Washington • The Securities and Exchange Commission voted unanimously for a proposal Wednesday that could force some kinds of money market funds to do away with the fixed value of $1 a share that has made them so popular with many investors.
Only so-called prime money funds, which invest in corporate debt and are available to big institutional investors, are likely to have to make the change, leaving funds used by ordinary investors largely untouched.
Money funds are supposed to be one of the safest investments. But during the financial crisis, there was a run on the industry after one of the largest funds fell below $1 a share. The market recovered only after winning unusual government guarantees.
The proposal is part of new rules that still face a final vote, which will come after an open comment period of at least three months. All the rules are aimed to avoid the situation that money funds faced in 2008 when the declining value of one of the largest money market funds caused the run on the entire industry.
In the proposal, the SEC staff suggested that prime funds move to a so-called floating share value. Requiring values to float would make some money funds more like bonds, whose principal changes with increases or decreases in interest rates. That's a fundamental shift because it means investors could lose principal if the value falls below $1.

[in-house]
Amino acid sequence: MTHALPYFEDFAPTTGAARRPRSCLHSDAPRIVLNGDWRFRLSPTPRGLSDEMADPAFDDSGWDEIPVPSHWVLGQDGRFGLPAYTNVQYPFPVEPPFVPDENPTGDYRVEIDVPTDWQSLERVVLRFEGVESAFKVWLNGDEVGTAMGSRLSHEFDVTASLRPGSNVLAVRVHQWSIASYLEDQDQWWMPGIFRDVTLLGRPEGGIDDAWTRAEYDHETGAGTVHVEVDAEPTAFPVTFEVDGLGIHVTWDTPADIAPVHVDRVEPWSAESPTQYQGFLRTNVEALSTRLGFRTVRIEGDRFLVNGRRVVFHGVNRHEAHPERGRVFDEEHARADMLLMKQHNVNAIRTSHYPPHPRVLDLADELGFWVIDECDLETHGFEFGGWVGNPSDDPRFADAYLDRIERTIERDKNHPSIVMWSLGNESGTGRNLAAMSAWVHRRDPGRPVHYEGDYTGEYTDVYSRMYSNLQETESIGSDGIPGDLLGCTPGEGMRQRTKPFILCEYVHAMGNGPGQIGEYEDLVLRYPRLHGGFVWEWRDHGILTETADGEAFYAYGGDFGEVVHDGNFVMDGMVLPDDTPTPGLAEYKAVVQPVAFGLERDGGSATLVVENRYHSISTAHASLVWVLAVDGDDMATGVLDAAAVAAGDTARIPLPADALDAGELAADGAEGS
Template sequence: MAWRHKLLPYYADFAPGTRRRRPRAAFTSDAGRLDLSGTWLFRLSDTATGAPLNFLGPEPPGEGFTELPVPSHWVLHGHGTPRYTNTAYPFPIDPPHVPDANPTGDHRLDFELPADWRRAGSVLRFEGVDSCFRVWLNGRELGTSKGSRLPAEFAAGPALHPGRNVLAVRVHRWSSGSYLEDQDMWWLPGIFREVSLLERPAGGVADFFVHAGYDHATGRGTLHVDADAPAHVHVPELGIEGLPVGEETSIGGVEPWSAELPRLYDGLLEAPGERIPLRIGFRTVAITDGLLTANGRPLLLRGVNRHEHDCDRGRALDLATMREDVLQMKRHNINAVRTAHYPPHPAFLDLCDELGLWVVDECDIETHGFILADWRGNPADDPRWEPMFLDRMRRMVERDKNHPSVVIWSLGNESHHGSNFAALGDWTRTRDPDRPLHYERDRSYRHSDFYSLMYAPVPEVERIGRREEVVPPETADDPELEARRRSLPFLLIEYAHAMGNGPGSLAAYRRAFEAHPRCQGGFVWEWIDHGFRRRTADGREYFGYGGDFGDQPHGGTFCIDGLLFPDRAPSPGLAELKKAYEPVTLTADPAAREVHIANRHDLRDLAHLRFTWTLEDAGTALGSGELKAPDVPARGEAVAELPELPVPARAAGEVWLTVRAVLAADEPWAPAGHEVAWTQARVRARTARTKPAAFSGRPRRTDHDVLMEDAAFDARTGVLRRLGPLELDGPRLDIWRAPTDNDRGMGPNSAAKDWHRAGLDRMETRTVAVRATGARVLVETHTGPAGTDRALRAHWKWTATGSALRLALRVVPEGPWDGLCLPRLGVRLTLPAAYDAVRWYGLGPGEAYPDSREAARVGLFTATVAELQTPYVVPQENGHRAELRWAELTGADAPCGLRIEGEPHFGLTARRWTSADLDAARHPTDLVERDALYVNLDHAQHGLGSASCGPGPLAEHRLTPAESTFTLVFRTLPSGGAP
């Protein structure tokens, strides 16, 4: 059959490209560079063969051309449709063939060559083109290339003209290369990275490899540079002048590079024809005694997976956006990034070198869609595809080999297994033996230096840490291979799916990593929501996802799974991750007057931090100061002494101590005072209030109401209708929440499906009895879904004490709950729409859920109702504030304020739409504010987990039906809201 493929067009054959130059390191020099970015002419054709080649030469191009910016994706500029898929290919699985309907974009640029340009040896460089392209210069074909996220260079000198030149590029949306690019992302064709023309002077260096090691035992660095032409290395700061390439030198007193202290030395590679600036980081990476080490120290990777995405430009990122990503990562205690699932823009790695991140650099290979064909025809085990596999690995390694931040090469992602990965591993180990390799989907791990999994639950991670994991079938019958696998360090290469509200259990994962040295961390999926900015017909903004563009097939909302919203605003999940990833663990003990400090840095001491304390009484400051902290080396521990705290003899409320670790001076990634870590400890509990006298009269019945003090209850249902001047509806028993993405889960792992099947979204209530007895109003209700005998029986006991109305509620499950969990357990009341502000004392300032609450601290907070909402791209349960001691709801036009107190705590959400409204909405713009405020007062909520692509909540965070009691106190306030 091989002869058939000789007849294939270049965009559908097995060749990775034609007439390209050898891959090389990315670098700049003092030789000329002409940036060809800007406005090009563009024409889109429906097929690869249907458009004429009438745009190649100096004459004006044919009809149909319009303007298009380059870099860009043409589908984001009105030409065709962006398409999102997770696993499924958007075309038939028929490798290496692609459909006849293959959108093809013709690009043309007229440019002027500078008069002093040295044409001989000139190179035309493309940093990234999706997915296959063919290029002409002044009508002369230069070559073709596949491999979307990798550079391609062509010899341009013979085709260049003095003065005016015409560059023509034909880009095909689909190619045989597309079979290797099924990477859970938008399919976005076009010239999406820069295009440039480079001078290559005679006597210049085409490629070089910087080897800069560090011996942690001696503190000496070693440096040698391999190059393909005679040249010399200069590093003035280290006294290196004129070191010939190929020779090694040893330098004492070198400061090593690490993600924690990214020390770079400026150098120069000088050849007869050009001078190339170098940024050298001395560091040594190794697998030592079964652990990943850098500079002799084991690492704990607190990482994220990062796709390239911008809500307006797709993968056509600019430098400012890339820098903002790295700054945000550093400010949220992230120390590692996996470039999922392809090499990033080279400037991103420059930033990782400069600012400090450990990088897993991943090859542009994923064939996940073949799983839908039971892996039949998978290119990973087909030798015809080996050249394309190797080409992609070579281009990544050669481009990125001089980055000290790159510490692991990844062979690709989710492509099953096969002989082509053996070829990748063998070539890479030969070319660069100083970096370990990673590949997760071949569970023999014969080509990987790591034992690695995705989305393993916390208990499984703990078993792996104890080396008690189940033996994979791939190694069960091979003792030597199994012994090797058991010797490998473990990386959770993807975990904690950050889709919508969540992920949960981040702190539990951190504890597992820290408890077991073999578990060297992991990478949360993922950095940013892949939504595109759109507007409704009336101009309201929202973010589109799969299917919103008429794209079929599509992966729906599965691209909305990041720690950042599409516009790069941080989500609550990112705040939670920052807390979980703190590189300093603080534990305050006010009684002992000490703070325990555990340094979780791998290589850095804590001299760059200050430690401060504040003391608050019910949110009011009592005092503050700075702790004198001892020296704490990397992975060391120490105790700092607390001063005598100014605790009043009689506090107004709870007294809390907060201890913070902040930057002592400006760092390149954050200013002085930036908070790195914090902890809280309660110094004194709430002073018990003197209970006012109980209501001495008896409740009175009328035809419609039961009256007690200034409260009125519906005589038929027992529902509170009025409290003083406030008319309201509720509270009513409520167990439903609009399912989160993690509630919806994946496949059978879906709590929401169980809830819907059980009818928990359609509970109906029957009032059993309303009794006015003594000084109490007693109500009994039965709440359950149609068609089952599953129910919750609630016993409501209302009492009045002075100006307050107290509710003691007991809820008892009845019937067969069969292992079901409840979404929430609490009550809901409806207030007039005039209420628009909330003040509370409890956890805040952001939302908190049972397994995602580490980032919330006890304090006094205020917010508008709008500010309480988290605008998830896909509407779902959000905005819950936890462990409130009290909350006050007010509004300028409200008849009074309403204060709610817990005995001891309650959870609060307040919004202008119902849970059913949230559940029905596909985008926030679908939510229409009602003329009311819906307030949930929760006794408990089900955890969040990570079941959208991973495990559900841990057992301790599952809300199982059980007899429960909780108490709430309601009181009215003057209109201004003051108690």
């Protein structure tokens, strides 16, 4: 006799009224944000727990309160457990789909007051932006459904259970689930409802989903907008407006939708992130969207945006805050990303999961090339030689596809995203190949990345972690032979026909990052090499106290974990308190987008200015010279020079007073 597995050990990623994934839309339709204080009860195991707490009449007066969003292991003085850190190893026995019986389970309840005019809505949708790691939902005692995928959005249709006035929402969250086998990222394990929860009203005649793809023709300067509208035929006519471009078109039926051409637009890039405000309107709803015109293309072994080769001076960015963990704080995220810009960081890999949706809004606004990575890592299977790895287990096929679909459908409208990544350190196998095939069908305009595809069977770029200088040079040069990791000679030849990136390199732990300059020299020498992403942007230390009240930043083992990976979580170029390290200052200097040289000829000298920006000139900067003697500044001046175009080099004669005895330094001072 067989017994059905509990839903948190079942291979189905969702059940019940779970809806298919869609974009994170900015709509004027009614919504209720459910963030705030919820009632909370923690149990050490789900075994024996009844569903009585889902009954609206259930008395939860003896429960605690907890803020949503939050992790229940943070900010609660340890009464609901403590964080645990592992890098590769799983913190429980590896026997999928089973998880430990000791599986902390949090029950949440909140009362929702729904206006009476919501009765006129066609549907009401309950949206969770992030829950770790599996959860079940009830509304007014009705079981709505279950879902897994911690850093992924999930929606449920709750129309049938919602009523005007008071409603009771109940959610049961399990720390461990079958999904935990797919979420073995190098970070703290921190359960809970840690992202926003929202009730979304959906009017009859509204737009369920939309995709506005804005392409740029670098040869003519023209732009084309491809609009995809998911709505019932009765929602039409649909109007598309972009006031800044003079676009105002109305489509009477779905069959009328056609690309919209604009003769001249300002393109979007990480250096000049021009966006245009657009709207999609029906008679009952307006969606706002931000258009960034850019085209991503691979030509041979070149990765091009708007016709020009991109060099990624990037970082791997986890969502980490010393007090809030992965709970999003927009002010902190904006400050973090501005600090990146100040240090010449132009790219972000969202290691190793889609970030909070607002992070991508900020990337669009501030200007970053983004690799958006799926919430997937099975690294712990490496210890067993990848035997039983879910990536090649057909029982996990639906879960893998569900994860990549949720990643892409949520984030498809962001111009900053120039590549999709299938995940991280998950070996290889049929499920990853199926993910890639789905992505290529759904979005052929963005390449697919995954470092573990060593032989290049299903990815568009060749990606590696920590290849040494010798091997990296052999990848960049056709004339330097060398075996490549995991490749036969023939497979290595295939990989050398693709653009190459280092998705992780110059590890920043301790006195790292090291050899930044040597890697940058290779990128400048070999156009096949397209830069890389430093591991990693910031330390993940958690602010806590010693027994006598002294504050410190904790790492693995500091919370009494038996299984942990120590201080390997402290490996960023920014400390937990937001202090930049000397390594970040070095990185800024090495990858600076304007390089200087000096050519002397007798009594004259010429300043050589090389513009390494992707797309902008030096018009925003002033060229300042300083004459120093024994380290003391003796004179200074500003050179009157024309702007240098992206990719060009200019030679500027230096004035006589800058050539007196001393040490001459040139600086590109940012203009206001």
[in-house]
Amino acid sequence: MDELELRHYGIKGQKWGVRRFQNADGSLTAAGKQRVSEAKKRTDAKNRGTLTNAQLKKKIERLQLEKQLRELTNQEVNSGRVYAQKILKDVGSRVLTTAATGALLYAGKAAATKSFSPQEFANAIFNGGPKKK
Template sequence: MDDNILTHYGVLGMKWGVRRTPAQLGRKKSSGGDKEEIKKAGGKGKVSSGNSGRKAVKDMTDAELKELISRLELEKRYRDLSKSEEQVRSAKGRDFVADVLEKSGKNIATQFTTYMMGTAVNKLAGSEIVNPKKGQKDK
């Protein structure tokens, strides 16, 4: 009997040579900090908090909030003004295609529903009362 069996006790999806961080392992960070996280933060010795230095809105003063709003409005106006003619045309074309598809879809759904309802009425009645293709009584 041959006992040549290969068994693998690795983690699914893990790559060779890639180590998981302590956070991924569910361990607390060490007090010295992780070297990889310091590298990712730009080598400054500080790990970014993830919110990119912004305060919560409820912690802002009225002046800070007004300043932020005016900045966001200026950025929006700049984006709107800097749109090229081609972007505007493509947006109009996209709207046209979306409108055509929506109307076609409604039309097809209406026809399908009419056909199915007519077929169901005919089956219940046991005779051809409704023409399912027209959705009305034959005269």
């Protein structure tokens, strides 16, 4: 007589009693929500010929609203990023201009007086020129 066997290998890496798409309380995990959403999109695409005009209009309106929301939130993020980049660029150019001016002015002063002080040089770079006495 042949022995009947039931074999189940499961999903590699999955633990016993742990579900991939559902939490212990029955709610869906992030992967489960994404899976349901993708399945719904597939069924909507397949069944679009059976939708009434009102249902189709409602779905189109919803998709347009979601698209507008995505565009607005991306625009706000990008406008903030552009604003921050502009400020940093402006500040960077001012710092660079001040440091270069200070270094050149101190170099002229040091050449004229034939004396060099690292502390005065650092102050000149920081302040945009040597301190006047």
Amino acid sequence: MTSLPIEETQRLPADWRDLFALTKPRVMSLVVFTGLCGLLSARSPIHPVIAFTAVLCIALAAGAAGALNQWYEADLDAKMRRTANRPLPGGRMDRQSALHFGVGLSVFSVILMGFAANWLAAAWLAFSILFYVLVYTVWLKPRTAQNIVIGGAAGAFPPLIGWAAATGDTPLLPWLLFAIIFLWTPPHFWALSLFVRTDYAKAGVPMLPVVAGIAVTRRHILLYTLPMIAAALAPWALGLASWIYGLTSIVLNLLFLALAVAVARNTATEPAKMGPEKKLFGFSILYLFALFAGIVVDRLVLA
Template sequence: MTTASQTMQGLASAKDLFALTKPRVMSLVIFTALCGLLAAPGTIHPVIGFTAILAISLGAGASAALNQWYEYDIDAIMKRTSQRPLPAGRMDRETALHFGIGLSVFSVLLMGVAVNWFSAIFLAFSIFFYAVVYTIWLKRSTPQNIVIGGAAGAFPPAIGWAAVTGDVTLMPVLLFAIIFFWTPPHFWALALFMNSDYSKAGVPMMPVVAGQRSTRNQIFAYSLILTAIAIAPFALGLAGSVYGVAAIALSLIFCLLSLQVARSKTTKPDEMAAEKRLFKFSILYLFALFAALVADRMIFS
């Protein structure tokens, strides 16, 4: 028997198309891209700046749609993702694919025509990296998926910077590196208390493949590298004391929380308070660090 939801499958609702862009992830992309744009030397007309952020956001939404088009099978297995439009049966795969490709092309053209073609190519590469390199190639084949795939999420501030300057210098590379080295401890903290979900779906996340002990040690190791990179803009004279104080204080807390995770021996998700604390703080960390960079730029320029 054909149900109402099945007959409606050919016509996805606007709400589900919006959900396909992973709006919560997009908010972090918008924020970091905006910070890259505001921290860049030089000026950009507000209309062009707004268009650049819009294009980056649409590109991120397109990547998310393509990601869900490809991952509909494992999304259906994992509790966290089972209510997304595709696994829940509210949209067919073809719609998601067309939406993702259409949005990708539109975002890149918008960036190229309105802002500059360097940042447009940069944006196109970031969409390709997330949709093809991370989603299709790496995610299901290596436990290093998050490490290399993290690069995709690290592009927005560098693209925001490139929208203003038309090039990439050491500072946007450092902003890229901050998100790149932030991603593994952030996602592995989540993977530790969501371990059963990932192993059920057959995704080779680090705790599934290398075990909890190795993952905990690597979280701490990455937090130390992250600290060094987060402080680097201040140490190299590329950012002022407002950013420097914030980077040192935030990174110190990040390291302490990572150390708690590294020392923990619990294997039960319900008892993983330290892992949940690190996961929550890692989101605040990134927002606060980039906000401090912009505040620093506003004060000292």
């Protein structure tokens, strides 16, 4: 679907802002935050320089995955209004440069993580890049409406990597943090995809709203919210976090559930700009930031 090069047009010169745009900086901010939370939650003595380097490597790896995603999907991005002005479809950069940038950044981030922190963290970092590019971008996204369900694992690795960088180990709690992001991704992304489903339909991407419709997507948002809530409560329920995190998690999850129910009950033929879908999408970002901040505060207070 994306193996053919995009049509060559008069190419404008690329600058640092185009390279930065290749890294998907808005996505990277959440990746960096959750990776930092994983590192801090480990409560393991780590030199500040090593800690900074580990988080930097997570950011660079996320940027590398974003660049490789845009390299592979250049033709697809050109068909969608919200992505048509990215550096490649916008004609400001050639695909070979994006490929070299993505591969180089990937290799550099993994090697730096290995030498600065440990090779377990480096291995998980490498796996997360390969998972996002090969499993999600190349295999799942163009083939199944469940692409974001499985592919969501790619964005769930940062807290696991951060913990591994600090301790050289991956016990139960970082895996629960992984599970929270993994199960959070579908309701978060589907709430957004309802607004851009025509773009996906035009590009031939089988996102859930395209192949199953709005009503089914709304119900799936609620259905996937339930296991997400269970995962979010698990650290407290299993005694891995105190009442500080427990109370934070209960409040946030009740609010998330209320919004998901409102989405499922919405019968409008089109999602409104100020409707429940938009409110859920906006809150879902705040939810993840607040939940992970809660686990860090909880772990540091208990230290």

Proponents say it is a necessary change because it would show money funds, while safer than stocks and many other investments, still carry some level of risk. They say more awareness of the risk would reduce the potential for runs on money funds.
Exempt from the floating-value requirement would be money-market funds that hold at least 80 percent of their assets in cash or government securities, and retail funds those limiting an investor's withdrawals to a maximum of $1 million per business day.
The SEC proposal would limit the floating-value requirement to those money-market funds known as "prime."
Prime funds attract mainly big institutional investors as opposed to retail customers and are considered more risk-prone because they invest in short-term corporate debt. They represent roughly half of the total $2.9 trillion assets held by all money-market mutual funds.